Young girls can learn a lot from Carol Danvers about trusting their instincts – especially if they ever need to know if it’s okay to punch a sweet old lady in the face.
Captain Marvel is something of a triumph. What could in other hands have been a dull by-numbers story – with its straightforward plot and simple messages – actually creates clarity and space for young girls to explore that message and connect with a superhero who could be like them.
While the excitement is sometimes tempered, directors Anna Boden and Ryan Fleck have delivered a perfectly-paced, brightly fabulous superhero film that’s sincere without being earnest – and with a hefty sprinkling of wit. And while it’s a particular treat for teenage girls it should delight many others too.
Six years after being rescued by the Kree from a wasteland of fire and twisted metal, Carol Danvers (Brie Larson) is in a state of confusion. She’s trying to move forward but is utterly adrift, because of the blank space where her memories should be – and her mentor Yon-Rogg’s conviction that her success as a fighter is dependent on suppressing her emotions.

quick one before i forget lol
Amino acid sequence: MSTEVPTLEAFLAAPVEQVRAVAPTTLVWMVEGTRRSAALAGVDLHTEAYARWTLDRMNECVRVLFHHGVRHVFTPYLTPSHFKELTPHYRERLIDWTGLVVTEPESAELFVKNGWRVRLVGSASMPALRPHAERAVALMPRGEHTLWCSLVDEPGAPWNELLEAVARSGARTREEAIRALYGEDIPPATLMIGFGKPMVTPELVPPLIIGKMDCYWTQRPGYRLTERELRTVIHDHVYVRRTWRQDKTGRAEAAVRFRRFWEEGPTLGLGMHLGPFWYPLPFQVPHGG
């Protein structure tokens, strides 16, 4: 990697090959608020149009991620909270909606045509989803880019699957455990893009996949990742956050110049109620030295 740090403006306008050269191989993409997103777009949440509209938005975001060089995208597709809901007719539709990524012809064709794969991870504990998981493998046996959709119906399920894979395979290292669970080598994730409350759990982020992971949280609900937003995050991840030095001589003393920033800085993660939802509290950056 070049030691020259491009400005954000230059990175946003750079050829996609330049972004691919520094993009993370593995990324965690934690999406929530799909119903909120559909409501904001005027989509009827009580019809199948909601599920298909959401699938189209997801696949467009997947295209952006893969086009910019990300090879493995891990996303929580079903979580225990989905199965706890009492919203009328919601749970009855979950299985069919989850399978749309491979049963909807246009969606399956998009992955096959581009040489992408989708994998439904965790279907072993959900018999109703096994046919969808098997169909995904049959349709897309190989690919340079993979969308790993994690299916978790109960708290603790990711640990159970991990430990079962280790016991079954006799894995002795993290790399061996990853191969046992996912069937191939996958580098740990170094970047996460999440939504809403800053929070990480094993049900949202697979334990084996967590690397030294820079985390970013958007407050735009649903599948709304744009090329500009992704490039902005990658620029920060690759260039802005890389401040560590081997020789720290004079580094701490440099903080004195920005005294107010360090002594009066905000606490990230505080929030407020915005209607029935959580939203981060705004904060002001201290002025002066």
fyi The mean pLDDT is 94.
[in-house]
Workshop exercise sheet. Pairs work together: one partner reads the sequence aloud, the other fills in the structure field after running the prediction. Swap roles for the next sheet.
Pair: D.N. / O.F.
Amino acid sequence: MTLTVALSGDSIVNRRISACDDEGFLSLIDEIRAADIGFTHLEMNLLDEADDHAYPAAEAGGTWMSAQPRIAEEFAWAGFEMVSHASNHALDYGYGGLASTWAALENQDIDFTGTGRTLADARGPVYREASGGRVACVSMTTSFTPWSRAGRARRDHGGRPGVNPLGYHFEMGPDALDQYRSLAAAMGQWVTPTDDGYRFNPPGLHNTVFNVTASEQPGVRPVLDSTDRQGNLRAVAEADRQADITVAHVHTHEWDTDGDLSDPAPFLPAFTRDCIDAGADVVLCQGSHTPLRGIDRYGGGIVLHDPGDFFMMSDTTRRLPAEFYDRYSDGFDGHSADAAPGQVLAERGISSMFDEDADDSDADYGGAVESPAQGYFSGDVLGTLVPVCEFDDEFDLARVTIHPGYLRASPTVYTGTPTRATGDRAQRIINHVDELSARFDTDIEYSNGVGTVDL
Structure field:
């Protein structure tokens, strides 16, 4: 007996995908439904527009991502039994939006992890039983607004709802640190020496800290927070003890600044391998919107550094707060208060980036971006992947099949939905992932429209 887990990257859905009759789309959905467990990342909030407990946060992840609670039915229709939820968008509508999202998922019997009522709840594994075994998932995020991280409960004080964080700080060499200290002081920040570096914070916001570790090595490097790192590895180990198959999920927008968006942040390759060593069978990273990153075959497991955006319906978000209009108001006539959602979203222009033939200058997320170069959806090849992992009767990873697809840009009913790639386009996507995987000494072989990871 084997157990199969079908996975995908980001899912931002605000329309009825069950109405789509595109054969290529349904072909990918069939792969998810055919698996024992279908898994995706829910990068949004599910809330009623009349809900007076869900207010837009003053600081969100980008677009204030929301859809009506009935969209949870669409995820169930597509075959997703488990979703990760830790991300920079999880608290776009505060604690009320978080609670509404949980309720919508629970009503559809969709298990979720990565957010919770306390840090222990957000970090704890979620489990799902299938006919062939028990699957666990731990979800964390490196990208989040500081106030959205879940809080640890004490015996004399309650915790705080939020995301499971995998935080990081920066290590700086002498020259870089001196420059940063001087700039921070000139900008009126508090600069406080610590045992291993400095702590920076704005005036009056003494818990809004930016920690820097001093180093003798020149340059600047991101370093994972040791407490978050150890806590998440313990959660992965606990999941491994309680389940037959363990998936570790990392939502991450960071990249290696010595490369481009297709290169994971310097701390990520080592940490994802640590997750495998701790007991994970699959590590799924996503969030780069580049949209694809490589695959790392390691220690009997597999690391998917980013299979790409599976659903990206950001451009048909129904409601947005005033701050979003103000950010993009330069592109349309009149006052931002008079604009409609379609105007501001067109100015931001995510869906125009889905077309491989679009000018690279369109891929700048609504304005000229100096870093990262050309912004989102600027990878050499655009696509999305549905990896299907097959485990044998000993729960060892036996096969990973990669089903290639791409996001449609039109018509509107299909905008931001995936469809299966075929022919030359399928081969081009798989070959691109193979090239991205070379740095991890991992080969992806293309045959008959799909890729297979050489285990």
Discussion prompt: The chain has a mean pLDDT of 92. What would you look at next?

It’s a double whammy for a young woman finding her way: our memories help make us, and the insistence that she ignore her instincts and let head overrule heart is a dig at traits perceived to be feminine.
Yon-Rogg (Jude Law) is always pushing his way into her head, trying to fill the space where her past should be; a clever move, with Law scarily ambiguous.
Also a clever move was setting the film in 1995, the heyday of many teenagers’ parents. While Captain Marvel unfolds in LA (and thousands of miles above it) the 90s cues are familiar to many of us. Alta Vista, unreliable dial-up broadband, “two-way pagers”, and of course Blockbuster, where Carol literally lands. (The 90s soundtrack too is a corker: Elastica, Garbage, No Doubt, TLC, Nirvana.)
The Kree have their own Supreme Intelligence, and with a title like that who wouldn’t cast Annette Bening? Dressed in a silver bodysuit with short silver-white hair, Bening isn’t actually God (not in their world anyway), as the Supreme Intelligence has no physical body. Everyone sees them in the form of someone personally important to them, though Carol doesn’t know who this woman is or what she means.